Sunday, August 28, 2022

I worked and paid off my student loan- My thoughts on President Biden's action

Like many others who attended college in the '70s and '80s (and today), my education was made possible by a student loan.

For the next several years, I made payments on that loan until one day I received a letter telling me my loan was "paid in full."

Unfortunately, two weeks later, I received a letter telling me that I still owed 13 cents- 13 cents!

Rather than pay the 13 cents and get the creditor off my back forever, I wrote a letter declaring I would not be paying the 13 cents because "paid in full means paid in full."

More than 30 years have passed, and I still have not received a response to that letter. Either I made my point or someday I will receive notice that my original student loan has accumulated an incredible amount of interest.

I accepted the loan and paid back every cent of it because that was my responsibility.

Now I read that President Biden has issued an executive order that has greatly reduced student loan debt for some and completely eliminated it for others.

Thousands will get their "paid in full" without actually paying it in full. They won't have to painstakingly scrape together payments month after month and worry if they are going to be able to make their next installments.

Perhaps I should be resentful that a mollycoddled generation is having its debt wiped away through executive fiat. That is the message being sent to me by those who are using the president's action to stoke division.

Perhaps I should be resentful, but I am not.

I was overjoyed when I read what the president has done. I wish he would have done more.

Many of the teachers I worked with were weighted down by student loan debt they accumulated so they could work at a job at which they were woefully underpaid.

My student loan debt was considerably less. I only needed to borrow $5,000 because I was fortunate enough to seek higher education at a time when it was more affordable.

My payments were not hundreds of dollars. I paid $33 a month. It seemed like a lot when I was making $250 a week (before taxes) as editor of the Lamar Democrat, but I did not face the burden faced by those who sought higher education over the next few decades.

My education came at a time before the cost of credit hours soared since college and university officials quickly realized the sky was the limit when students had access to loans. The money was rolling in and who cared if the young people who hoped to lay the groundwork for their futures would be saddled in debt for a great deal of those futures?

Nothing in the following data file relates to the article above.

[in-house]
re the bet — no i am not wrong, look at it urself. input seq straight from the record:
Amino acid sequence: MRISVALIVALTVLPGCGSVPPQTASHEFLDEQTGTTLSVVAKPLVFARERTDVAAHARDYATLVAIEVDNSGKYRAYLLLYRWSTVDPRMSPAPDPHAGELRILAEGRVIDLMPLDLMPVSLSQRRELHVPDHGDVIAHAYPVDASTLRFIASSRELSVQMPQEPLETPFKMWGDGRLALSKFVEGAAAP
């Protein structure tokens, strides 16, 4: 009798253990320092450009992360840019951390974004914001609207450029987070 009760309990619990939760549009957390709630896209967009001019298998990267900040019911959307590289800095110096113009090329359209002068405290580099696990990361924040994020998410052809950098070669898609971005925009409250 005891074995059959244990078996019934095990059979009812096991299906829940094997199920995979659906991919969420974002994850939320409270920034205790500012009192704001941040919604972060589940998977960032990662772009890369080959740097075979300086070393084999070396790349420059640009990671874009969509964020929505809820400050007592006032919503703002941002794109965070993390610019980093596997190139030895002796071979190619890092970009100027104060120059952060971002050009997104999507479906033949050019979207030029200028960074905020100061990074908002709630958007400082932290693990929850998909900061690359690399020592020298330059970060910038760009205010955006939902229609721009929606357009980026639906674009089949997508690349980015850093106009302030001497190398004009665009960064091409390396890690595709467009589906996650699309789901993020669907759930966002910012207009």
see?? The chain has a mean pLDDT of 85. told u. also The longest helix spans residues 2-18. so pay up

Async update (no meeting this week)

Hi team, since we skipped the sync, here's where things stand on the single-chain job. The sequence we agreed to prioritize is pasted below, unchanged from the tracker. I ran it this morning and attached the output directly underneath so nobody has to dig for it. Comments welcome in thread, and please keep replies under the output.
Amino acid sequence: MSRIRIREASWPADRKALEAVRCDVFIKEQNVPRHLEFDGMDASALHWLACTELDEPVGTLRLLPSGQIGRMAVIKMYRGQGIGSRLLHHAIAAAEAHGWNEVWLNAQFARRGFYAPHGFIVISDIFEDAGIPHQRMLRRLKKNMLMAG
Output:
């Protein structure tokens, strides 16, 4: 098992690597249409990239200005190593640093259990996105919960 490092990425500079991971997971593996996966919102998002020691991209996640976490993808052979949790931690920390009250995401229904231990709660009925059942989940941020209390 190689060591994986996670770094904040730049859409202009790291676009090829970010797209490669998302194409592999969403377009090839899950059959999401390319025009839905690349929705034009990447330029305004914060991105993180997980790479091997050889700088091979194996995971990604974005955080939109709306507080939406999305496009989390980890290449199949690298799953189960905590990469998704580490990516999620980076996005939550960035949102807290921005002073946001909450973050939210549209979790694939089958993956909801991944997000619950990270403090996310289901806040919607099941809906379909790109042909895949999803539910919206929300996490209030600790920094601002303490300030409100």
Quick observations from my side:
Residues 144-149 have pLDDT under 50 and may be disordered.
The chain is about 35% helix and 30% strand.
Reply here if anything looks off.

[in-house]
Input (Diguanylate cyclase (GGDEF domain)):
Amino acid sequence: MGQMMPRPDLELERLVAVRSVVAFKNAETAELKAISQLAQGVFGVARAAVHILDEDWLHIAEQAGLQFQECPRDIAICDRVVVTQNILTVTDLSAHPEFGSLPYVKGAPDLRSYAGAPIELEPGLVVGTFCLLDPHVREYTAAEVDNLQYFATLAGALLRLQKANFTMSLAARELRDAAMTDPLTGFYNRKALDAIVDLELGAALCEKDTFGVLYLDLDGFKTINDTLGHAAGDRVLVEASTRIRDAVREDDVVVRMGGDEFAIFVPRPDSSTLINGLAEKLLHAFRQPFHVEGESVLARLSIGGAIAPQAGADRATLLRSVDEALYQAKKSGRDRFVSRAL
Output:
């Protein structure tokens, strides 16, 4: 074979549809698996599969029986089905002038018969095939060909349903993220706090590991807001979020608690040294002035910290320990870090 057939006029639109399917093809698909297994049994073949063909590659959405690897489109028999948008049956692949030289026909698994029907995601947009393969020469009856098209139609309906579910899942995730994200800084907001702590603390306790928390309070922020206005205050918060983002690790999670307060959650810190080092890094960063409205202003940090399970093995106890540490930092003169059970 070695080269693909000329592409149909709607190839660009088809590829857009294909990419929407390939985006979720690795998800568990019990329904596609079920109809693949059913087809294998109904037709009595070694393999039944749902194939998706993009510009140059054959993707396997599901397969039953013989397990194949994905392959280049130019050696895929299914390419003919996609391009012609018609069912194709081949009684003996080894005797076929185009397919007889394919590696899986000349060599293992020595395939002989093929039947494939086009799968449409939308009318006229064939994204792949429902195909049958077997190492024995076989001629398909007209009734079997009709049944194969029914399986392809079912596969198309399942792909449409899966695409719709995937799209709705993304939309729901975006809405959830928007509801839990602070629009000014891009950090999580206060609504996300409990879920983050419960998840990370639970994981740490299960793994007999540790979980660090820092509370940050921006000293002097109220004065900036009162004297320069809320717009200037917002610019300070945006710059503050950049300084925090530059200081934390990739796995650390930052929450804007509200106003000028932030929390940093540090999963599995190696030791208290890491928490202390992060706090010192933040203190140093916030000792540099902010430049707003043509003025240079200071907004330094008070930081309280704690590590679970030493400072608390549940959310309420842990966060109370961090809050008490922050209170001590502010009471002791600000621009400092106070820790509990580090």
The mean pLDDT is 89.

Some opponents of President Biden's executive order complained that those who did not go to college would be forced to pay for those whose debts had been forgiven.

Those who did not go to college have every right to complain, but not about the student loan decision. Their complaints should be directed at the politicians and business executives whose decisions have eliminated well-paying jobs that did not require a college education by moving them overseas, busting unions and sacrificing jobs and plants on the altar of dividends for stockholders and ever-increasing salaries and benefits for executives.

As these decisions decimated the middle class, we began to hear the mantra that young people will not be able to succeed without a college education. More and more students were pushed into making decisions that they might not have made in the past because well-paying blue-collar jobs were no longer a priority.

Many of the people who began accumulating student debt would never have even considered attending college in years past. Now they were told it was a necessity.

As we are well into the 21st Century, the jobs for which our institutions of higher education allegedly prepared our students are no longer as plentiful and nowhere near as lucrative.

Meanwhile, our colleges and universities have increased tuition rates year after year and our younger generations have mortgaged their futures by incurring financial responsibilities built on a bridge of broken promises.

When I signed the papers for my student loan more than 40 years ago, I accepted a responsibility- I would work to get an education and once I received that education, I would repay my debt. That's exactly what I did, and it was worth every penny.

I received a fair deal.

The same cannot be said for those who have fallen victim to the shell game that today's version of higher education has become.

I celebrate President Biden's executive action and hope it is just a first decision in many that will make higher education an affordable dream and not a recurring nightmare.